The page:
VERDICT: With a terrifically talented cast turned loose on a loaded premise with a whip-smart script Game Night is definitely more exciting than the real thing.
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I, Tonya (2017)
8/10
Axel folly
23 February 2018
This review of I, Tonya is spoiler free

**** (4/5)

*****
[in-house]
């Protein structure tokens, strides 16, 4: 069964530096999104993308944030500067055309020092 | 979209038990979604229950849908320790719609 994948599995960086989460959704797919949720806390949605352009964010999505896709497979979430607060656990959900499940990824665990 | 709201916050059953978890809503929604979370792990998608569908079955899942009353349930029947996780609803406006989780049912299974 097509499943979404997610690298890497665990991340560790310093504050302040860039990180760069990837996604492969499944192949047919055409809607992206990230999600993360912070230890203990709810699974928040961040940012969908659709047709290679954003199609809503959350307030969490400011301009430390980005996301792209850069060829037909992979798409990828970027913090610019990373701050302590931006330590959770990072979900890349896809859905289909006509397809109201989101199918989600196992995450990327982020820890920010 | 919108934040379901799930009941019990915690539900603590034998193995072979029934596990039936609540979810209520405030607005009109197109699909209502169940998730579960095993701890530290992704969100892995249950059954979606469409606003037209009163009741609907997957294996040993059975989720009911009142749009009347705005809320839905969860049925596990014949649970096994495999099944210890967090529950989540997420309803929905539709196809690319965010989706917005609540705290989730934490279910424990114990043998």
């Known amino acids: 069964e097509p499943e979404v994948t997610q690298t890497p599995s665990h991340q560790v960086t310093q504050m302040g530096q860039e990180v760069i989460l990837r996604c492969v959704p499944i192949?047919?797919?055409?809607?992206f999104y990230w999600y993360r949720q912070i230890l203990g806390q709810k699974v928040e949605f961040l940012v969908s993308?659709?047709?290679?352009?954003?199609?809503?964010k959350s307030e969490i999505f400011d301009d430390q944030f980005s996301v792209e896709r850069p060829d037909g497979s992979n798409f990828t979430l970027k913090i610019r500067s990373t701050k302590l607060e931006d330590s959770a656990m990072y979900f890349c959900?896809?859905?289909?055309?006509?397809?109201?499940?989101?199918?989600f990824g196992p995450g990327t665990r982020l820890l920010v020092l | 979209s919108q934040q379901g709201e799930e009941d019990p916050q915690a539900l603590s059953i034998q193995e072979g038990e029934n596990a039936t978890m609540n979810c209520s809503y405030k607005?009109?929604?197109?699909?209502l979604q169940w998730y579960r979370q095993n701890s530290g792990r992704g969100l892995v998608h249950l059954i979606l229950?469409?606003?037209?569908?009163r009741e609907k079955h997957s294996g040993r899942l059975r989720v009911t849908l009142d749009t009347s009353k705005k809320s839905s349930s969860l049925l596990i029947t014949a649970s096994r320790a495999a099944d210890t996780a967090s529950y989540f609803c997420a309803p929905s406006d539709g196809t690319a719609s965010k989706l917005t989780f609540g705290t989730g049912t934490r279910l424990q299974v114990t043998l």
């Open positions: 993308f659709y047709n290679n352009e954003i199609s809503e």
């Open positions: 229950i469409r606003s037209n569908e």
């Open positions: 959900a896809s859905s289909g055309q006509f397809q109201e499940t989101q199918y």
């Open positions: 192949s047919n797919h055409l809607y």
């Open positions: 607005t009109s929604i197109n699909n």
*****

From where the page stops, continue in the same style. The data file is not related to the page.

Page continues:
IN JANUARY 1994 - Tonya Harding famous for being the first American woman to complete the most difficult trick in Figure Skating this gained her a reputation as an adored sports-woman she literally had the world at her heels (or in this case her blades). However it wasn't long until she became infamous for an alleged attack on her rival Nancy Kerrigan. So more often than not she's remembered not only as having a dislikened attitude towards the pompous judges and sometimes against the audience - also she's remembered for the attack on her rival which not only got her banned from all future Olympic events but she was also forced to retire from skating in general. And, I, Tonya is more than capable of showing her life. We start with Tonya as a child played by Gifted's Mckenna Grace already forced into the world of figure skating only a few years before by the rule of her overbearing mother LeVona Harding (Allison Janney), Grace pulls a terrific performance as the already tortured child who starts to gain a bad attitude especially towards her dance teacher (Julianne Nicholson) - behind that though is a young skater who's ambitions are high, competing at a high level she quickly becomes a world-renowned athlete. On the ice she's dedicated to winning a life that's better than her own; at home she's tortured by her mother who sees it as a way to get her to become a champion. Then we skip to her teenage years - now it's Margot Robbie to take the reins - on the verge of gaining world fame after competing in championships, she finds a chance to escape from her tortured life at home and get away from her mother when she meets Sebastian Stan's Jeff Gilooly, but even after that moment when she feels better for the escape life doesn't entirely get better for her - not totally away from the abuse - it seems that the ice is her true home, she's utterly relentless thanks to a few action scenes that are fast-paced, well-timed and beautifully shot. But that's only the bare essentials; you have to credit the performances too. As Tonya, Robbie impresses, entirely capped in ugly wigs, completely stunning through visceral action scenes, complete with the attitude to be fair if you were to essentially rank her performance on a scale, it would very different from playing Leonardo DiCaprio's wife in Martin Scorsese's The Wolf of Wall Street, however her performance here is almost the same as the pure insanity of Harley Quinn - from her attitude on the ice, through the arguments with her husband, to the back-chilling Harley Quinn stare which is enough to make your skin tingle from head to toe. So despite her popularity in Hollywood she's not exactly a poor choice here. Her performance is more than a match for her co-star Allison Janney, as a woman who's not only a keen supporter of her daughter (in her own way) she succeeds as the vicious woman, the result here is even scarily close to the real person, complete with the gold faux fur coat, the bird on her shoulder and the wire of an oxygen tank snaking through her room up to her nose after years of smoking. As a performer Janney has had that streak of cruelty in her roles, but she's also had a nice side to her - not entirely on show her but that's what makes her performance so good (definitely earning her first Golden Globe win). There's only one criticism with I, Tonya, sadly the action scenes aren't as visceral as they should've been, granted they're fast paced but they fail to a noticeable rubbery CG of Robbie's face plastered over the face of a stunt double. Also the film sometimes gets distracted from winding road of Tonya's making it difficult to get into the underbelly of her turbulant life. Yet still the film is consistently gripping, darkly funny, and utterly relentless, ultimately convincing the audience her tale of trial by media, but Gillespie's directing through the dark winding road into sort of Goodfellas type territory, the stunning performances may perhaps ask you to reconsider. Changing her from the villain to the heroine, but really, what's so wrong with that?